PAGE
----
Thus, PAP is indicated to treat patients with symptomatic OSAS, especially moderate and severe cases. There are controversies regarding the effectiveness of PAP in mild OSAS, with the limitation of lower adherence by these patients, who are generally less symptomatic. Therefore, PAP could be a second option for mild cases1,2 (A) 3,17 (B). Patients with mild OSAS use PAP for a mean time of 3.53 h/night, which allows for a reduction in the AHI to 4.24 at night. The use of PAP in mild OSAS improves symptoms of snoring, daytime sleepiness, and irritability, but does not lead to significant improvement in the ESS, quality of life (SF-36), neurocognitive function, mood, or BP control18 (B ).


PAP treatment is recommended for patients with moderate and/or severe symptomatic OSAS (AHI > 15 and Epworth > 8), since treatment adherence results in the improvement of symptoms, daytime sleepiness1 (A), time of reaction to stimuli6 (B), and quality of life1 (A). Hypertensive patients with OSA demonstrated a small but significant reduction in BP levels and improved nocturnal dipping, leading to a reduction in cardiovascular risk4,5 (A). CPAP, expiratory relief, and APAP showed similar effectiveness for the treatment of OSAS7 (A). Bilevel CPAP benefits patients who require higher pressure (> 15 cmH2O)12 (B). The servo-ventilator is effective when treating cases of mixed apnea, Cheyne-Stokes respiration, and complex sleep apnea14 (B).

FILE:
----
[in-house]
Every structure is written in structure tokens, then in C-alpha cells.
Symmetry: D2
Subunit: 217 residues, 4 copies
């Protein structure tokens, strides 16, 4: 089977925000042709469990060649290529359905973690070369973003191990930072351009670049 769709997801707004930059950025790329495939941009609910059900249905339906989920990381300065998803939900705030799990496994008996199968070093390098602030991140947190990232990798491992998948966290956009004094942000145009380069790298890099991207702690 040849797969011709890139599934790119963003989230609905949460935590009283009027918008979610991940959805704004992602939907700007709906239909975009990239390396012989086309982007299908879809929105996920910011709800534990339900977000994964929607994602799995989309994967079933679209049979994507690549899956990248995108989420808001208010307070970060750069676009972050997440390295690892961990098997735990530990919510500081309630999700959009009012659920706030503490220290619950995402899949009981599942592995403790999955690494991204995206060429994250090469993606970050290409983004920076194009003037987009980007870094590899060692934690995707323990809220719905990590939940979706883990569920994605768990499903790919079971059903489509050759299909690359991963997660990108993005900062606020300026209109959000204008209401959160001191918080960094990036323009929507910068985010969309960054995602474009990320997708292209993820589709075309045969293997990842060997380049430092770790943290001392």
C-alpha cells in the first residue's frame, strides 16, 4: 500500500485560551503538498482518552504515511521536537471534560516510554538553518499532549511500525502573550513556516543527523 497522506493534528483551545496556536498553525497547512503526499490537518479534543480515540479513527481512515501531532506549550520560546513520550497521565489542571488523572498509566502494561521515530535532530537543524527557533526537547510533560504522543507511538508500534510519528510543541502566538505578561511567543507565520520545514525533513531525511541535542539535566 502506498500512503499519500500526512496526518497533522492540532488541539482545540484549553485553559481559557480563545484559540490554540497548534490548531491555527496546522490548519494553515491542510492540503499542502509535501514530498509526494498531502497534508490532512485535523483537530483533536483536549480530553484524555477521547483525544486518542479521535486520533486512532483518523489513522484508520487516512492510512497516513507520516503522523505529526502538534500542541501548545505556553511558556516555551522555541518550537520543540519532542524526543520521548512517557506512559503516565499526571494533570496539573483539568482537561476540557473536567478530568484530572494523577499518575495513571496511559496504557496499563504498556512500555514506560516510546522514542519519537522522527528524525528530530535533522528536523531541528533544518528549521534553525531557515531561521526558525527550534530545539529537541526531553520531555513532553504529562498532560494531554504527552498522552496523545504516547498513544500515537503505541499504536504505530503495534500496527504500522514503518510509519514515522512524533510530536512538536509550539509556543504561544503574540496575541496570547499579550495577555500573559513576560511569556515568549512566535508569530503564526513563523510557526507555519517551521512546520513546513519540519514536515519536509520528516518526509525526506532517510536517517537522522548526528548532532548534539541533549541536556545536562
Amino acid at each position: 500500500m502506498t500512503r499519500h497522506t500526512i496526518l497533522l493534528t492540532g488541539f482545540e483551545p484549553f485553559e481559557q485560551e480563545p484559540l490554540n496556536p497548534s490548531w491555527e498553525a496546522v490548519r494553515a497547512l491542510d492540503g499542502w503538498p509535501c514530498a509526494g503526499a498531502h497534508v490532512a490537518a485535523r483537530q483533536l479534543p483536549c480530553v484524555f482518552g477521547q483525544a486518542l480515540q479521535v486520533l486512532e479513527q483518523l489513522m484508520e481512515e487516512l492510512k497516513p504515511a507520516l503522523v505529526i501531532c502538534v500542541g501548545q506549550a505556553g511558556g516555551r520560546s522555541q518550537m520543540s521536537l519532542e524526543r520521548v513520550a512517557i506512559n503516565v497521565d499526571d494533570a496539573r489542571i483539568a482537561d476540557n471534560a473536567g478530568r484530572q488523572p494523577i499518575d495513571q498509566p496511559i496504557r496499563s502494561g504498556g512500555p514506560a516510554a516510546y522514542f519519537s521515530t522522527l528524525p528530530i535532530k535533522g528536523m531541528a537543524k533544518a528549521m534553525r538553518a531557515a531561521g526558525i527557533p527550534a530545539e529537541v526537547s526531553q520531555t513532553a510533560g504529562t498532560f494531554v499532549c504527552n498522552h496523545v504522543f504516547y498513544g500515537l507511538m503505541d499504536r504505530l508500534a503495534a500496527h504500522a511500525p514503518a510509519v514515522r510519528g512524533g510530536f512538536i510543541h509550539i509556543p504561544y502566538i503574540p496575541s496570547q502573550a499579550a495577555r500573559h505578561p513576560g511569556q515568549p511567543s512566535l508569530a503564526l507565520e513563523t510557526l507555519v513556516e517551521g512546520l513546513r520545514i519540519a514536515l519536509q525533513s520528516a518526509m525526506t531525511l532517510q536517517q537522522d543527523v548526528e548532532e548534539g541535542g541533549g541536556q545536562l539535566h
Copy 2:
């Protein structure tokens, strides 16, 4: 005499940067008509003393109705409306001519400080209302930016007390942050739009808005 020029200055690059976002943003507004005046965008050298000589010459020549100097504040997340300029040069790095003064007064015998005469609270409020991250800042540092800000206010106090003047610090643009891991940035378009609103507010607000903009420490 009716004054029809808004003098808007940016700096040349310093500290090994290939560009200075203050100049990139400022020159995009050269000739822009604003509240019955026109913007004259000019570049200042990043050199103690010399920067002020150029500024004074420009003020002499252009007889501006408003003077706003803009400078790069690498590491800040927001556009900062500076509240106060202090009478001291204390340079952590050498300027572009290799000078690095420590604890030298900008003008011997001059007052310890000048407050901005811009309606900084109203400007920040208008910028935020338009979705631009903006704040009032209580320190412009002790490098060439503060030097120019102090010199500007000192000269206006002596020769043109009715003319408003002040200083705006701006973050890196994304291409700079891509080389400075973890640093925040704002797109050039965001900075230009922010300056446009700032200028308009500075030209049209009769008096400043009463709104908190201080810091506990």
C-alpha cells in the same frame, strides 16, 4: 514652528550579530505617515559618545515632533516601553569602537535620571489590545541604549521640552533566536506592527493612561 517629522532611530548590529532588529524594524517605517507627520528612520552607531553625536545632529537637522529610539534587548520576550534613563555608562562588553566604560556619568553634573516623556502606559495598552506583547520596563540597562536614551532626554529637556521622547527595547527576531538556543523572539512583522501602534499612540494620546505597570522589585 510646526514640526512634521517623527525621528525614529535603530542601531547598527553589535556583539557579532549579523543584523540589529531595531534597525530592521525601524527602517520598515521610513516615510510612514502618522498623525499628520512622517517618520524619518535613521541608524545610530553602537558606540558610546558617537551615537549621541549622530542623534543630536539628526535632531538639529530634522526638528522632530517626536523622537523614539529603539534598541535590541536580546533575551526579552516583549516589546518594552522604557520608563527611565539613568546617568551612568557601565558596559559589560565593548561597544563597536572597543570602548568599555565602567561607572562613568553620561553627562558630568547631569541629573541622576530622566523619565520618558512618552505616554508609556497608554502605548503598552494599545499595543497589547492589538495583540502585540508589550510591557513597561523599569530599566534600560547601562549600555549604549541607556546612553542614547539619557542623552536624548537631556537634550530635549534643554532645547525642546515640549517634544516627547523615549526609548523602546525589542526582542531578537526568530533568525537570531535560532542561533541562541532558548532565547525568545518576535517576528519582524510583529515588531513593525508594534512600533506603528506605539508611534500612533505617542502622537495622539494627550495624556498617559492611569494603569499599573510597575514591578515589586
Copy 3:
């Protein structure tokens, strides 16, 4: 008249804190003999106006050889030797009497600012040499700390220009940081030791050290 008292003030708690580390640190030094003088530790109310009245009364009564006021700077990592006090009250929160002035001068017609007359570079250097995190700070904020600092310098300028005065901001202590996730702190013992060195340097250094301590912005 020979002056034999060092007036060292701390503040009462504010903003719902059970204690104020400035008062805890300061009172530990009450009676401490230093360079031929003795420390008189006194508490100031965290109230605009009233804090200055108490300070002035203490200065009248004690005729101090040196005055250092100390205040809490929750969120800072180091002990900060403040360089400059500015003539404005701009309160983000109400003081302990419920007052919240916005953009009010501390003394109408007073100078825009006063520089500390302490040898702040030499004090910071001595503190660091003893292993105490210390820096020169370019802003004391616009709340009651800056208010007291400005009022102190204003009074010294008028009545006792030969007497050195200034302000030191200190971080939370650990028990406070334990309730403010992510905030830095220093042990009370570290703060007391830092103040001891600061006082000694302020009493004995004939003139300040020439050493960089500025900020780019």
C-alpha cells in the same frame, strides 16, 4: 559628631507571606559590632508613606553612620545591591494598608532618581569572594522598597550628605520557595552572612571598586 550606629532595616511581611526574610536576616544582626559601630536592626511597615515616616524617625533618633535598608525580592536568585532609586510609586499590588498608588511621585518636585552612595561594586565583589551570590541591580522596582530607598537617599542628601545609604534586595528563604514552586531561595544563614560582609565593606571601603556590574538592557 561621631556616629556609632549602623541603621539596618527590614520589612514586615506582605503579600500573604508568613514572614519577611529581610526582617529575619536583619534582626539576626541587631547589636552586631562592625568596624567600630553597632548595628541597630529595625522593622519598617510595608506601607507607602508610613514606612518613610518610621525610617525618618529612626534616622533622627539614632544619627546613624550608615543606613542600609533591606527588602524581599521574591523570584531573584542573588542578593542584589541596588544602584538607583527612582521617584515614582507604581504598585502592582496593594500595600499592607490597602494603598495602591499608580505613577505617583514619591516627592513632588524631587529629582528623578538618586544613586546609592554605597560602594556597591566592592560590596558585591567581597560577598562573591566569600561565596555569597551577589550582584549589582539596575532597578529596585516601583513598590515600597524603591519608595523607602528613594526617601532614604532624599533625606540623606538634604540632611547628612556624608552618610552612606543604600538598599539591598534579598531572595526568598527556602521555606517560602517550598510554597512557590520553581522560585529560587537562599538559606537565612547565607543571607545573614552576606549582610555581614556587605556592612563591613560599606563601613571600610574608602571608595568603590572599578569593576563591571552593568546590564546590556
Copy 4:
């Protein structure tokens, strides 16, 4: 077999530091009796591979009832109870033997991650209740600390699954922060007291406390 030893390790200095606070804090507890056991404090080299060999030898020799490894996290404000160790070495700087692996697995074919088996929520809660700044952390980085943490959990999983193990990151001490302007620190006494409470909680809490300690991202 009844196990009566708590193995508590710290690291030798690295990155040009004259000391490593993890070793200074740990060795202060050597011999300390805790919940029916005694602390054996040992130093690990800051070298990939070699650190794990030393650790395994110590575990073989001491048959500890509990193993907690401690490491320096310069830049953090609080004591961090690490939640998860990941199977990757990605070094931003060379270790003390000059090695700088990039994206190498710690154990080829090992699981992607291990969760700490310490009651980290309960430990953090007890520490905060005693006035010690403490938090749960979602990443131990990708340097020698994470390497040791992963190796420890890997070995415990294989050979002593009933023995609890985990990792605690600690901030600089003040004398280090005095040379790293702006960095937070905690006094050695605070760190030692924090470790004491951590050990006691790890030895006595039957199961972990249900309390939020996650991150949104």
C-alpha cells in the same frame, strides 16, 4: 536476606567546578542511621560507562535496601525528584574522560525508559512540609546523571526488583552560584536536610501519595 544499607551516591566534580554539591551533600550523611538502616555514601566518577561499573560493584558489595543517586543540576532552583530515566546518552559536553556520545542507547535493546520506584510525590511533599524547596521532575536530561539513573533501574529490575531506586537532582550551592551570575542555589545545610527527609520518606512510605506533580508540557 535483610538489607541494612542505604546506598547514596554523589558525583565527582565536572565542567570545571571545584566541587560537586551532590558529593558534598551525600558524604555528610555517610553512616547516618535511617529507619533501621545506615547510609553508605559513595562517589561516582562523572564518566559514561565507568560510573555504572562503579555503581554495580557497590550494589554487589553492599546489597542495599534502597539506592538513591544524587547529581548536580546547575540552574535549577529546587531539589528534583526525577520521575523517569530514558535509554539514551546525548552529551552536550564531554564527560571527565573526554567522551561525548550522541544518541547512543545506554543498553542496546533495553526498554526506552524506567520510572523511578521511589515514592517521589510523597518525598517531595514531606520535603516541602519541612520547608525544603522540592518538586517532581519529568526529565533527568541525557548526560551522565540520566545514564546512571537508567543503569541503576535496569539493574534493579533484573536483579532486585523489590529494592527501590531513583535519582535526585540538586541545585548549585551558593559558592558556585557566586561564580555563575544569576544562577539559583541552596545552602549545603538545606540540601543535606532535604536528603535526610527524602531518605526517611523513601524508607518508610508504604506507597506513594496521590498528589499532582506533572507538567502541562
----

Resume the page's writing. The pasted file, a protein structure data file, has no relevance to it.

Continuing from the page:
2. How should the follow-up of patients using PAP be conducted?

The indication for the use of PAP for the treatment of OSAS assumes a lifelong treatment. The criteria for adherence to PAP treatment define the minimal use of four hours per night on 70% of nights during a period of 30 consecutive days17 (B).

Adherence to PAP therapy presents quite variable rates. When defining adherence as a minimum of four hours per night, rates of noncompliance have ranged from 29% to 83%. Even with the high effectiveness attained in OSAS control, poor adherence determines treatment failure18 (D).

The follow-up of PAP should be conducted through objective measures. Information storage is performed by the equipment itself, and allows for the issuance of a report containing all data. Periodic analysis of these reports allows for the follow-up, as well as helps resolve factors that hinder the proper use of the equipment9,19 (B)20 (D).

The assessment of different impacts on quality of life of PAP users measured by different questionnaires such as the ESS and FOSQ, as well as the Multiple Sleep Latency Test (MSLT), demonstrates that the ideal time should be a minimal use of six hours per night21 (B).